7
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import csv
import logging
import itertools
from random import choice
from string import ascii_lowercase
from collections import namedtuple
from tempfile import NamedTemporaryFile


DELIMITER = '\t'
ENCODING = 'utf-8'


def get_random_cursor_name(length=7):
    return ''.join(choice(ascii_lowercase) for i in range(length))


def extract_table(conn, query, itersize=2000, use_named_cursor=True):
    """
    :type conn: psycopg2.connection
    :param conn: connection object returned by psycopg2.connect.

    :type query: string
    :param query: SQL query string.

    :type itersize: int
    :param itersize: If itersize == -1, then fetchall, else fetchmany(itersize)

    :type use_named_cursor: boolean
    :param use_named_cursor: If true, then use server side cursor, else client side cursor.
    """

    if use_named_cursor:
        cursor_name = get_random_cursor_name()
        with conn.cursor(cursor_name) as cursor:
            cursor.itersize = 2000 if itersize == -1 else itersize
            cursor.execute(query)
            row = cursor.fetchone()

            header = [desc[0] for desc in cursor.description]
            Row = namedtuple('Row', header)

            yield Row(*row)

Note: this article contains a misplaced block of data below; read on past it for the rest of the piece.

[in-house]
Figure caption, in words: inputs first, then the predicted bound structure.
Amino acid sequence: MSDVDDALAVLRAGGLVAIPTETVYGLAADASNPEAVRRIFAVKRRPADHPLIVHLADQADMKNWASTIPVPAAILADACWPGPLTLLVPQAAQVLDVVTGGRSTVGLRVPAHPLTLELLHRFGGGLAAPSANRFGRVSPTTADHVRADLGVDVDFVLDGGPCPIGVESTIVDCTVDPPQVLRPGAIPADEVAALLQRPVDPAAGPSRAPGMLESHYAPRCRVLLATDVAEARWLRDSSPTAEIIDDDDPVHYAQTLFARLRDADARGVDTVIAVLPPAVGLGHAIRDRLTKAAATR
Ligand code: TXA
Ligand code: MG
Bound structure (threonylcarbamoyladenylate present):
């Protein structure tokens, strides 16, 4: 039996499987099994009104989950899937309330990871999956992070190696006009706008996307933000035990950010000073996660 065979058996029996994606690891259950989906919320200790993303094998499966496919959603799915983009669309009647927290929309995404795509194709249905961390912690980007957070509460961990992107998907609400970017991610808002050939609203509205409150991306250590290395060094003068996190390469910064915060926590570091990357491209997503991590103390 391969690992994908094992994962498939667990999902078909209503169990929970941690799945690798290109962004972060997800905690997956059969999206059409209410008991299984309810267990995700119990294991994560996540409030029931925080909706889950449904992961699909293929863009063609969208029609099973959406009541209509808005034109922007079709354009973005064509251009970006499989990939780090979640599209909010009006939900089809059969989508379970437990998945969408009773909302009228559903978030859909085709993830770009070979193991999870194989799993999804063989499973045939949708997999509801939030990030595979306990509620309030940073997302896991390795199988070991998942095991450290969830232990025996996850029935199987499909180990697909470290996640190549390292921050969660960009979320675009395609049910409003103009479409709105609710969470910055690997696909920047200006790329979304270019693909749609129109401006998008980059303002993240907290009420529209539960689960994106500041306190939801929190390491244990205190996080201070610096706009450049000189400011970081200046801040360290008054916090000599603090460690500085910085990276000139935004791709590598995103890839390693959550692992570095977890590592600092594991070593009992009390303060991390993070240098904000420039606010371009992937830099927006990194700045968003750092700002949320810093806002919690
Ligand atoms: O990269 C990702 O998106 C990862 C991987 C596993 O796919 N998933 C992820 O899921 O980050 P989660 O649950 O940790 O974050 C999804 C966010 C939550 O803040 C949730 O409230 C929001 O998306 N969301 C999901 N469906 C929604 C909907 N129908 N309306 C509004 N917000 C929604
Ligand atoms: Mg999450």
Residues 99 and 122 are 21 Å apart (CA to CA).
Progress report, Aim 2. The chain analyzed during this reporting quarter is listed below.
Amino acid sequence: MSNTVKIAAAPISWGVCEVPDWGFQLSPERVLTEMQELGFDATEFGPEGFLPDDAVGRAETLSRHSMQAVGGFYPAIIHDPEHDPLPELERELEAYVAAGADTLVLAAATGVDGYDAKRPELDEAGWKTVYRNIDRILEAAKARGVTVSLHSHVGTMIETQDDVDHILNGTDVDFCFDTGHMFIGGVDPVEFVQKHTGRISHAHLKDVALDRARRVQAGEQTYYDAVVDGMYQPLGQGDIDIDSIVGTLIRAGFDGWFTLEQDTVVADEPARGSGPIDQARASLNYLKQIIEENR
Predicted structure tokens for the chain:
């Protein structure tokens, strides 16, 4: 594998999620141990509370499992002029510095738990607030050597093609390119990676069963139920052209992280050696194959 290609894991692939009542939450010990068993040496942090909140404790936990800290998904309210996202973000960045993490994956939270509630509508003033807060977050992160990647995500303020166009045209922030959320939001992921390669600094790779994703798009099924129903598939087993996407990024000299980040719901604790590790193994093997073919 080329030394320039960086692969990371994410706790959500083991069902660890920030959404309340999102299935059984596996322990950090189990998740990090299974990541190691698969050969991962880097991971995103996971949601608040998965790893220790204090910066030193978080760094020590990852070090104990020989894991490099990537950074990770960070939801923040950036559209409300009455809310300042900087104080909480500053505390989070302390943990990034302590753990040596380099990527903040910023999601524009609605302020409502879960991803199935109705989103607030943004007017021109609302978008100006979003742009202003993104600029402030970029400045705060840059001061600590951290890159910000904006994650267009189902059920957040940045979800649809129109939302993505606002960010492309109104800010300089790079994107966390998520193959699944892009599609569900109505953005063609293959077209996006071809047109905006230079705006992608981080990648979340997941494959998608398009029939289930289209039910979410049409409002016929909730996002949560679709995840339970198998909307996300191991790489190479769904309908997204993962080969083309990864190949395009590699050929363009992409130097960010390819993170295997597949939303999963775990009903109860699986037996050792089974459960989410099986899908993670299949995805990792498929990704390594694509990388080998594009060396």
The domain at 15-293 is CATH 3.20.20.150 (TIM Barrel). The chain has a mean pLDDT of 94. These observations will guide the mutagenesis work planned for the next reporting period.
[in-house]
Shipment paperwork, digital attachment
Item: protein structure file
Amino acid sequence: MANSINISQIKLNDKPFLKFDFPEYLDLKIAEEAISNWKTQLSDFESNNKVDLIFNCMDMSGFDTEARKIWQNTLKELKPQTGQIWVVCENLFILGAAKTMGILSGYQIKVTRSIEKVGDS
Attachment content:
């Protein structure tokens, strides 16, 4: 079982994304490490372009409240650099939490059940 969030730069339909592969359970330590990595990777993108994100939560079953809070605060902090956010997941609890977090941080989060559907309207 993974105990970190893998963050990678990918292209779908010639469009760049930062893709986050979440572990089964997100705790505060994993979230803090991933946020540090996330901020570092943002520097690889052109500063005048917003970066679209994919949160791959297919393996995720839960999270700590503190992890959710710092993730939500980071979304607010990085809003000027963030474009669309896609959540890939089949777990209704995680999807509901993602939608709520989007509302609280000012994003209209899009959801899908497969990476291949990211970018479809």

for row in cursor:
                yield Row(*row)
    else:
        with conn.cursor() as cursor:
            cursor.execute(query)
            header = [desc[0] for desc in cursor.description]
            Row = namedtuple('Row', header)
            if itersize == -1:
                rows = cursor.fetchall()
            else:
                cursor.arraysize = itersize
                rows = itertools.chain.from_iterable(iter(cursor.fetchmany, []))

            for row in rows:
                yield Row(*row)


def copy_table(src_conn, dst_conn, src_query, dst_table_name, use_named_cursor=False, truncate_table=False):
    """
    Run query and import result to another database.

    We use null="" in copy_from, because csv library dumps None as "" (empty string).

    :type src_conn: psycopg2.connection
    :param src_conn: Source database connection.

    :type dst_conn: psycopg2.connection
    :param dst_conn: Destination database connection.

    :type src_query: string
    :param src_query: Query to be executed on source database.

    :type dst_table_name: string
    :param dst_table_name: Table name in destination database.
    """
    rows = extract_table(src_conn, src_query, use_named_cursor=use_named_cursor)